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Trends in Tax Expenditures, 1985-2016

Allison Rogers , Eric Toder

Published: September 16, 2011
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Abstract

The landmark Tax Reform Act of 1986 greatly changed the cost of tax expenditures. The revenue lost to tax expenditures declined sharply after enactment of the 1986 Act, falling from nearly 9 percent of total GDP in fiscal year 1985 to 6 percent in 1988. Since then, tax expenditures have gradually increased as a share of GDP but have remained below the 1985 level. Furthermore, the composition of tax expenditures has changed significantly.

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The landmark Tax Reform Act of 1986 greatly changed the cost of tax expenditures. The revenue lost to tax expenditures declined sharply after enactment of the 1986 Act, falling from nearly 9 percent of total GDP in fiscal year 1985 to 6 percent in 1988. Since then, tax expenditures have gradually increased as a share of GDP but have remained below the 1985 level. Furthermore, the composition of tax expenditures has changed significantly.

Methodology


We use as our data source the annual list of tax expenditures compiled by the Office of Tax Analysis of the U.S. Department of the Treasury and reported annually in the Budget of the United States Government.1 We omitted 1986 and 1987, which were years of transition between the pre- and post-tax reform systems, but include all other years from 1985 through 2016. Each budget estimates tax expenditures for the projected five-year budget period and the two previous years. For example, the 2012 budget reports tax expenditures for fiscal years 2010 through 2016. In all cases, we used the latest estimate for a given fiscal year. Thus, the 1988 estimates come from the fiscal budget, the 1989 estimates from the fiscal year 1991 budget, and the 2010-2016 estimates from the fiscal year 2012 budget.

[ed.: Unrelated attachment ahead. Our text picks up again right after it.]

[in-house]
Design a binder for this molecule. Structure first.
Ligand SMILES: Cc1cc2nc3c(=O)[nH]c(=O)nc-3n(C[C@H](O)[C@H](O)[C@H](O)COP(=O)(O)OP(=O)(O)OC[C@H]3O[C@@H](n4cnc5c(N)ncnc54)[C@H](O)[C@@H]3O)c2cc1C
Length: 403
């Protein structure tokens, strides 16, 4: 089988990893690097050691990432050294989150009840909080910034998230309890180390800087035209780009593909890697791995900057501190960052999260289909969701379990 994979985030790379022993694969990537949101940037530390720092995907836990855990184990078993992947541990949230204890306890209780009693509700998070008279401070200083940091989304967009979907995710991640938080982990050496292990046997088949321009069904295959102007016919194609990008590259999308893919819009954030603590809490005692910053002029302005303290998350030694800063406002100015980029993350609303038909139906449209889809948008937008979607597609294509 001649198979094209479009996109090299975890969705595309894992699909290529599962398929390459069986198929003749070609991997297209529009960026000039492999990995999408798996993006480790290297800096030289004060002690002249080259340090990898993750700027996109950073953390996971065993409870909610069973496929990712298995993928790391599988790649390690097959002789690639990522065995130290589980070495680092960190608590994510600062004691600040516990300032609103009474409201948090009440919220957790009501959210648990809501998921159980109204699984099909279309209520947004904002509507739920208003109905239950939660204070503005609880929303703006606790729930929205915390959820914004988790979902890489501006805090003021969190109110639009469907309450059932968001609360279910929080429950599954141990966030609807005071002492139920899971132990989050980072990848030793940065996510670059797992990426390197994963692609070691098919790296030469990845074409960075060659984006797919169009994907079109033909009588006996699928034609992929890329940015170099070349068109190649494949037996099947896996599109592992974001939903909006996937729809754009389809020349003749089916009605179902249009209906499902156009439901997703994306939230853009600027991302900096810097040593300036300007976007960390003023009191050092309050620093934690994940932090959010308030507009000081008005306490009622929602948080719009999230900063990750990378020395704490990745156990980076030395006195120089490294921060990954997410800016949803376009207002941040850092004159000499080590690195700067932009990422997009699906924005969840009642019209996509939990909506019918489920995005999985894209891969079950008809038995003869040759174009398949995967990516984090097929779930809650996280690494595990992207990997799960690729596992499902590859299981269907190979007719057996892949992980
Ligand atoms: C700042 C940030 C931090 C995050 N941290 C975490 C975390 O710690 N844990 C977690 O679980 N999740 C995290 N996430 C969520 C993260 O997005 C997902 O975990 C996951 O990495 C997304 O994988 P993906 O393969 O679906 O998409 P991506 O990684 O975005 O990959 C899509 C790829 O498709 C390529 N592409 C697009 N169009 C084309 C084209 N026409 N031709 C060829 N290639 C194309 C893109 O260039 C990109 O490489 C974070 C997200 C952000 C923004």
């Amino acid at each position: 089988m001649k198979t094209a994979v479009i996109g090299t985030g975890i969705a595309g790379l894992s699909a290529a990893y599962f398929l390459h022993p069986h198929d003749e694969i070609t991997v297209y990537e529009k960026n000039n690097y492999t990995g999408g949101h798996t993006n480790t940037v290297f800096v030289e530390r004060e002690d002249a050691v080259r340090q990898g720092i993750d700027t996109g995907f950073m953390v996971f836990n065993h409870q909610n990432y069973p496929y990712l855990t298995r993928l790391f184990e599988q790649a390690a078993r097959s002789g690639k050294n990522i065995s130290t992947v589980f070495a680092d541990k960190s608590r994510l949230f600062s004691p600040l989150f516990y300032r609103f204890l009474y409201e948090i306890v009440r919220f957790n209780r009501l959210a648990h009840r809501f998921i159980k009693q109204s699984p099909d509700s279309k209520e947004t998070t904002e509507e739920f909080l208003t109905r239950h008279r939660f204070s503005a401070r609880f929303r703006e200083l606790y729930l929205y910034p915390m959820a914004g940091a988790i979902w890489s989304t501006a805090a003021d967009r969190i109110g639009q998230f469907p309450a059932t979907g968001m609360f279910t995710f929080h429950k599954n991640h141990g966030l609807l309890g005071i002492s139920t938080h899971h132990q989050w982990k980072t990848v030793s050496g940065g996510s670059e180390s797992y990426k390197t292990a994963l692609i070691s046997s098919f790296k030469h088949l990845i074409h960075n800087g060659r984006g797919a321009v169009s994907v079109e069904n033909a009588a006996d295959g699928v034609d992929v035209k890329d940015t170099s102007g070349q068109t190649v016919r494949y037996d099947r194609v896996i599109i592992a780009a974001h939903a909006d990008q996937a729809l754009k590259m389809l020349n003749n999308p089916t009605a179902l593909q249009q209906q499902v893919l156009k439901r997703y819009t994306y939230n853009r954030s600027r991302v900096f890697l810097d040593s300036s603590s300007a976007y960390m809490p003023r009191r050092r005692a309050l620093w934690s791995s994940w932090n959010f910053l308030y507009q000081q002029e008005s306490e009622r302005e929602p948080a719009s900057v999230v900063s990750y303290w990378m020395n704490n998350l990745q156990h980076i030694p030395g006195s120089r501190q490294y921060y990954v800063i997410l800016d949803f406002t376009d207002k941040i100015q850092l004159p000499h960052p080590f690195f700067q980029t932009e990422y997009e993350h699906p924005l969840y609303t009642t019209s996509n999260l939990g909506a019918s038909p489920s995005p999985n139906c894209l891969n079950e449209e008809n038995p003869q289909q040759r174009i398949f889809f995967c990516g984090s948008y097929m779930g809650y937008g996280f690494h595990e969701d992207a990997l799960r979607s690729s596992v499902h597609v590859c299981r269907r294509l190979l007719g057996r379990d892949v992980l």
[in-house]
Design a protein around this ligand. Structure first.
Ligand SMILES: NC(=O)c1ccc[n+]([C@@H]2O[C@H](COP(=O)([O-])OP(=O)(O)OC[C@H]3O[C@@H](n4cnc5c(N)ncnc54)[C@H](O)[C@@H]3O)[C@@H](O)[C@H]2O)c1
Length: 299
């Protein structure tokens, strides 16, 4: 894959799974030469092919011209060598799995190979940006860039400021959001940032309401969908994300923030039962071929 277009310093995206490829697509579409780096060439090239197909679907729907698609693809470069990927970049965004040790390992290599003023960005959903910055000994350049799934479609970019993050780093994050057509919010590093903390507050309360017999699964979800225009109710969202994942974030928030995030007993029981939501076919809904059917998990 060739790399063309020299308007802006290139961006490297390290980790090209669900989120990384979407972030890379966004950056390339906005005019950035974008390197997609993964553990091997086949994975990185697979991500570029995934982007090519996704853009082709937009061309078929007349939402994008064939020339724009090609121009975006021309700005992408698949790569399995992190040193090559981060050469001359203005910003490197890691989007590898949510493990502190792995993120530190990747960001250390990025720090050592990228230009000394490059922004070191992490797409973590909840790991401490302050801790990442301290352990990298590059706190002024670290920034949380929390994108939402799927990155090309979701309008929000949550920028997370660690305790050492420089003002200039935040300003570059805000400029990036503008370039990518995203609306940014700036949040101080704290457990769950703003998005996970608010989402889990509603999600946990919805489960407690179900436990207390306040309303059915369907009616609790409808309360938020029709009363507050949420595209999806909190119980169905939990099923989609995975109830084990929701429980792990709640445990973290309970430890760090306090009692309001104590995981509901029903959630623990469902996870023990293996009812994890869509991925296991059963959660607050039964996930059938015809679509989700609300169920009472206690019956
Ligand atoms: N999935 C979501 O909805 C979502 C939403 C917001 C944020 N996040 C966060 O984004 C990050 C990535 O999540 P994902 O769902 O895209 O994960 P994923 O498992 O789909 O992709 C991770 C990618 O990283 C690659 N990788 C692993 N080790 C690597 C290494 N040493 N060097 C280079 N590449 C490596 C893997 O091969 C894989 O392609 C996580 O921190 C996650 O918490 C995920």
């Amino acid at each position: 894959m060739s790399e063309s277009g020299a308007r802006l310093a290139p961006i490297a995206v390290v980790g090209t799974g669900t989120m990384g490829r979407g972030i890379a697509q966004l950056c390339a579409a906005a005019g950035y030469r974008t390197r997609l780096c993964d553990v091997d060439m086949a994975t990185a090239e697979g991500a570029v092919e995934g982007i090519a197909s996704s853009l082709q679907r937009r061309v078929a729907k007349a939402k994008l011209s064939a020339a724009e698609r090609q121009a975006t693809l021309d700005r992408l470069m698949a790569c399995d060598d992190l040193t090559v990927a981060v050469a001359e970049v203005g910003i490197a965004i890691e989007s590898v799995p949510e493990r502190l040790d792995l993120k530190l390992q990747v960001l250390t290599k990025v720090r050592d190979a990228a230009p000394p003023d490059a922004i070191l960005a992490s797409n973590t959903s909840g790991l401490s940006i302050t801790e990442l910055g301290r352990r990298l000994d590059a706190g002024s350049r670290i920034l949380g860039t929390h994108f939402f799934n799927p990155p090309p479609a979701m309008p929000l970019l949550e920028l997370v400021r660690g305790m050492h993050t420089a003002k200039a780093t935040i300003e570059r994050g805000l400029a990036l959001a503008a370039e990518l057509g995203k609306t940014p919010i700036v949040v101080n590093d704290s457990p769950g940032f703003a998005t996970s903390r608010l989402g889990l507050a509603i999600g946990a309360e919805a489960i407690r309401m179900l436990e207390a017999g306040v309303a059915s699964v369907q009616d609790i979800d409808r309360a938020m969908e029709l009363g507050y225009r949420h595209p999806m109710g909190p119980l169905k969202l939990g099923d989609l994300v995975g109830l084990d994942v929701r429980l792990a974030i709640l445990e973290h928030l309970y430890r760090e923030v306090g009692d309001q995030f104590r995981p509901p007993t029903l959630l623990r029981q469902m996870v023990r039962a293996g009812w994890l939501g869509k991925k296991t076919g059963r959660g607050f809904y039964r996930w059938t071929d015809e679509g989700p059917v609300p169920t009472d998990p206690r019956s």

To produce a more consistent time series, we adjusted some Treasury estimates to correct for anomalies and inconsistencies. Treasury included particular tax expenditure items in the budgets in some years but not in others, even though the provisions remained in effect in both sets of years. Other provisions were estimated using changing methodologies or were based on data that have been updated irregularly. Still other cases had sharp drops or spikes in estimates that could not be explained by changes in the tax law, timing effects, or economic events.

End of excerpt. The entire report with graphs and footnotes is available in PDF format. View corresponding data in Excel.